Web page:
Point and shoot cameras were once the entry-level options for those who didn’t want to bother with manual operation or the hassle of interchangeable lenses. Consequently, they tended to offer simple features and produce decidedly mediocre results in terms of image quality.
But with the improved quality of smartphone cameras, all that has changed. In fact, the average casual snapper is now likely to have a perfectly good entry-level camera in their pocket already, in the form of a smartphone. As a result, most point and shoots no longer attempt to cater to this area of the market.
Instead, modern point and shoot cameras are largely aimed at a more sophisticated and tech-savvy customer; typically one willing to spend a substantial sum of money in return for a small and lightweight camera combining speed and ease of use with premium image quality.
In the market for a high-quality point and shoot camera for use in low light? Unsure what criteria you should be looking for? Want to know which are the best low light point and shoot cameras currently available? Then read on…
What Makes a Good Low-Light Point and Shoot Camera?
In order to select the best camera for your needs, it’s essential to understand the different elements that contribute to good low light performance. Here we break down the main points to consider when choosing a compact camera for low light photography.
ISO is an international standard for measuring a camera’s sensitivity to light. Logically enough, a low ISO number indicates low sensitivity, and a higher number means higher sensitivity.
In practice, though, nearly all cameras allow the user to choose from a range of ISO settings. What tends to vary between makes and models of the camera is, firstly, how wide a range of ISO settings is available, and, secondly, how well the camera will perform at each of these speeds.
The reason cameras offer a variety of ISO speeds is because increased sensitivity to light comes with a compromise: more digital noise. On cheaper cameras, shooting at anything but the base ISO setting might produce unacceptably high levels of noise for some users. On the other hand, with the very best low light point and shoot cameras, pixelation may only become apparent at the absolute highest ISO settings; offering the user much greater flexibility when shooting in low light situations.
Whatever the make and model of the camera though, increasing ISO always involves a degree of trade-off; what you gain in sensitivity to light, you’ll likely lose in image sharpness. At least to some extent.
Just as the likelihood of digital noise increases at higher ISO settings, it decreases on a camera with a larger image sensor. Typically then, a camera with a big sensor will perform better in low light than a camera with a small sensor.
However, given that most point and shoot cameras are designed to be highly compact and portable, unsurprisingly they tend to come with much smaller image sensors than other camera formats. While this is true as a general rule, in recent years we’ve seen an increasing number of point and shoot cameras launched onto the market with impressively large image sensors. Some boasting the same APS-C sensors that are used in consumer-level DSLRs, and one or two even packing an ultra-high-resolution full-frame sensor.
Naturally, though, such models typically come at a much higher price. And those looking for the best low light point and shoot cameras on a budget will be disappointed to learn that cameras costing under $500 typically come with tiny image sensors. And the fact is that these sensors tend to function very poorly in low light. Indeed, such cameras are now largely outperformed even by smartphones.
For this reason, the models we recommend below all tend towards the mid to higher end of the compact camera price range. Only here can you find cameras genuinely capable of producing good quality images in low lighting conditions.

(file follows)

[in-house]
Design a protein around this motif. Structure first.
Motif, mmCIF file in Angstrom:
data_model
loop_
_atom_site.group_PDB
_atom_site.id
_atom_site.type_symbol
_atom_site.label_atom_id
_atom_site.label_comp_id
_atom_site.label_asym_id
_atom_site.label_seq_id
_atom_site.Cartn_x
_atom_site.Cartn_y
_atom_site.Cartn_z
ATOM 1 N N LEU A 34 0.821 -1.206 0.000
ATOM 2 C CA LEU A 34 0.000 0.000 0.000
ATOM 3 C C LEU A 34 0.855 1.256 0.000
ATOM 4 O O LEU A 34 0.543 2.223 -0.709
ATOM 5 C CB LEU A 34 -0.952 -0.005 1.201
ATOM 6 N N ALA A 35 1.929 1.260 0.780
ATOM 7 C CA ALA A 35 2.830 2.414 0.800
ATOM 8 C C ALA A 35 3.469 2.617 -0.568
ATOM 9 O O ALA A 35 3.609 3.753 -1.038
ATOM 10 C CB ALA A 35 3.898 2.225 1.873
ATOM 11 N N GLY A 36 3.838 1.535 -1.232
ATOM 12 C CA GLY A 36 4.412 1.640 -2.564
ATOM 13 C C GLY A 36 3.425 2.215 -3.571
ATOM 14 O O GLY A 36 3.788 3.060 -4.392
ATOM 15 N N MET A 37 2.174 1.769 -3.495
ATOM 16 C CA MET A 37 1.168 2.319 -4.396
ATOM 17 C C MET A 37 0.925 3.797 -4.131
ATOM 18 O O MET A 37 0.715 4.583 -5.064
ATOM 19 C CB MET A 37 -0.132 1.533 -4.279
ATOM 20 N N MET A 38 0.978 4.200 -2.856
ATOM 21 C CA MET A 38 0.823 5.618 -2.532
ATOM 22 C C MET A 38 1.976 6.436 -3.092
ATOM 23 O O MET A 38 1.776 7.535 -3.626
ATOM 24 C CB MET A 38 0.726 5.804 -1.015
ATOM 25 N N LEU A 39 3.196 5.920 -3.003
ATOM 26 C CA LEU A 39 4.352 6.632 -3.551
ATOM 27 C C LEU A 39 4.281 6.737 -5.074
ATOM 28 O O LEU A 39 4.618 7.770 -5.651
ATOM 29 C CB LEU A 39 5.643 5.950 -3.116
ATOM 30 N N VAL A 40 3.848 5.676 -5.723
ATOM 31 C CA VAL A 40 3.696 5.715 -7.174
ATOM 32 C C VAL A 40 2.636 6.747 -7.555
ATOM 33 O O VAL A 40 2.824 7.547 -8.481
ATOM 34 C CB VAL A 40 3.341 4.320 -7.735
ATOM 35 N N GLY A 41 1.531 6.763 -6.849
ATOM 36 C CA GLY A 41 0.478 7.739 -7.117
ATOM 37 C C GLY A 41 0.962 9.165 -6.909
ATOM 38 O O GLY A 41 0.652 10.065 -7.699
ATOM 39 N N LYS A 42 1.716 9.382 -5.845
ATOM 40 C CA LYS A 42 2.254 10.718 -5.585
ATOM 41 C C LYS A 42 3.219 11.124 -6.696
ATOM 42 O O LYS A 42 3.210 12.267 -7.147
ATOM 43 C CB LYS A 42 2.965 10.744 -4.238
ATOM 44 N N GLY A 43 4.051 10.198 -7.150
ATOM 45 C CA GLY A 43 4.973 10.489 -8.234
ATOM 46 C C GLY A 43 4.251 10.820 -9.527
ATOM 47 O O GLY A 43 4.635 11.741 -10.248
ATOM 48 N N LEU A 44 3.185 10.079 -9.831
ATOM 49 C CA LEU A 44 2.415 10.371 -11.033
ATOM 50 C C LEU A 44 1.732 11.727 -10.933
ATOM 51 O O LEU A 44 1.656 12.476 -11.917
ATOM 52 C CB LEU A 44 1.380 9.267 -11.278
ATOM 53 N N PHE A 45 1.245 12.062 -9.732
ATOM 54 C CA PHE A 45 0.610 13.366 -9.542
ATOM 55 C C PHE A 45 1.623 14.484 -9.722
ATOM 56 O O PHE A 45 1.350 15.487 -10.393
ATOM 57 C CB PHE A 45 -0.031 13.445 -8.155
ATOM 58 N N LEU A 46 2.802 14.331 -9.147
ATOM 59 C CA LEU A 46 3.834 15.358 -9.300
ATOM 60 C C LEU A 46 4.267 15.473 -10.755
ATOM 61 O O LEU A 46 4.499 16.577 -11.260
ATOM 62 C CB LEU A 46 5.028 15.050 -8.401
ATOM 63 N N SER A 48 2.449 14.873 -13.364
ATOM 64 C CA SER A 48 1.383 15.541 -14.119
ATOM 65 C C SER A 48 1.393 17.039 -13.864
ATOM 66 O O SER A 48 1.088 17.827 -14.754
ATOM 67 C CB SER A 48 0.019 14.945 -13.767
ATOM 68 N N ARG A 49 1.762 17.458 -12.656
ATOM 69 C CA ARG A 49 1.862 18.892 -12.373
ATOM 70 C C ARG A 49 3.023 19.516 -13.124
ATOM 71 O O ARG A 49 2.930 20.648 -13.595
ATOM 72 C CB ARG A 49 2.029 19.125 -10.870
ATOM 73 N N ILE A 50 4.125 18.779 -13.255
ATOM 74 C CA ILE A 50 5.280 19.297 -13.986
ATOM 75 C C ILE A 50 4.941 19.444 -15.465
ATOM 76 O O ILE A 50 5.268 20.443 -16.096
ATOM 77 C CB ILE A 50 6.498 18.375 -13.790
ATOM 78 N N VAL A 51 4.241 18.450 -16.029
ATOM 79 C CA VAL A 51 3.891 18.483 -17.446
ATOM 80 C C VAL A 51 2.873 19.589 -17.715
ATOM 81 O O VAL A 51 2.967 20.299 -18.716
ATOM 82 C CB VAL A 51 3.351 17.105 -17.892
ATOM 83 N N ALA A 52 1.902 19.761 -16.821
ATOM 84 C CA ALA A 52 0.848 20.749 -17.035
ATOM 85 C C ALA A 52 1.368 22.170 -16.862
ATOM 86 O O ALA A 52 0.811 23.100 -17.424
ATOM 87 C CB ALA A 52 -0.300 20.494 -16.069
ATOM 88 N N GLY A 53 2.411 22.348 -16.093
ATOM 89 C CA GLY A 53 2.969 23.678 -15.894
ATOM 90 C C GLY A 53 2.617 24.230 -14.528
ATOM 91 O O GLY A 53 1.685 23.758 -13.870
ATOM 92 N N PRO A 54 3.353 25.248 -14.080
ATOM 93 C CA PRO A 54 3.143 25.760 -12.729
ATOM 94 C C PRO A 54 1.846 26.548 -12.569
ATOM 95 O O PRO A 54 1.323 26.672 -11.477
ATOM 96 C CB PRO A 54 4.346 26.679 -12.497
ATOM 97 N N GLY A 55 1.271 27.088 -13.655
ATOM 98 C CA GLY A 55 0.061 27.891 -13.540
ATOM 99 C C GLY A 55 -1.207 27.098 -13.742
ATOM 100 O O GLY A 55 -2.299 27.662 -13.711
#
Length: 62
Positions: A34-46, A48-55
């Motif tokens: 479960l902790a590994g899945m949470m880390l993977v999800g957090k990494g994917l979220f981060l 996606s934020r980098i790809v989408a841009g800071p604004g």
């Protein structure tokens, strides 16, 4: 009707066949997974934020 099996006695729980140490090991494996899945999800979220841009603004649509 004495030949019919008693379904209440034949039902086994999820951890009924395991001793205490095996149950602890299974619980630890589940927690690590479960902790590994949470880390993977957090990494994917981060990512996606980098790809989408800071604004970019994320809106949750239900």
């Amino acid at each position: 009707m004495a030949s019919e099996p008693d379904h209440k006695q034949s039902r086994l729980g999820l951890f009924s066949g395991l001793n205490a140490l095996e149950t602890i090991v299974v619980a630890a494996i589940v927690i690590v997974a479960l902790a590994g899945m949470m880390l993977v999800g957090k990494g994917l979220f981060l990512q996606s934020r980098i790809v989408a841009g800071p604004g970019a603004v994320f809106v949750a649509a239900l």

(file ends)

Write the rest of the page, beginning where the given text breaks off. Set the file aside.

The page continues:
The wider a lens diaphragm can open, the more light will hit the image sensor. And the more light received by the sensor, the lower the ISO settings you’ll need to use in order to capture a well-exposed image. The result is less digital noise.
Unfortunately though, when it comes to maximum lens aperture, point and shoot cameras can vary considerably, with cheaper models tending to offer much less impressive spec in this department. This is particularly the case when a camera comes with a very long zoom lens.
Of course, shooting at maximum aperture comes with its own compromise; a shallower depth-of-field. So anyone wanting to produce photos that are sharp and detailed from foreground to background – landscape photographers for example – will, in any case, want to stick to smaller aperture settings. On the other hand, for those interested in shooting genres such as portrait photography, where shallow depth-of-field can often be an advantage, a faster lens will be invaluable.
Before discussing the effect of the camera file format, I recommend reading my post “What Is The Difference Between RAW And JPEG?“.
JPEGs are by definition compressed files. This means that certain valuable information has been removed from them. Among that information will be a degree of exposure latitude. For this reason, it’s always recommended to shoot in the uncompressed RAW file format.
RAW files contain much more information than JPEGs. Often this includes information that will permit you to pull up a greater degree of shadow detail from photographs taken in low light, but without increasing digital noise. This can often make the difference between a shot being technically good enough to use or instead ending up in the rejects folder.
Clearly then, if you care about the quality of your photos and plan on shooting in low lighting situations, you should choose a point and shoot camera that is capable of producing RAW files. In any case, you can make JPEGs from RAW files whenever you need them. But you can never make a high-resolution RAW file from a JPEG.
5 of the Best Low Light Point & Shoot Cameras
Having considered what makes a point and shoot camera perform well in low light, let’s take a look at some of the best low light point and shoot cameras currently on the market.
Panasonic’s LX100 II is a great little compact camera with a Micro Four Thirds sensor; the same size used by the brand in its interchangeable-lens cameras. While this is by no means the biggest chip available in a compact camera, it’s certainly on the larger end of the scale. What’s more, the LX100 II also offers a number of other features that make it an excellent choice for those interested in low light photography.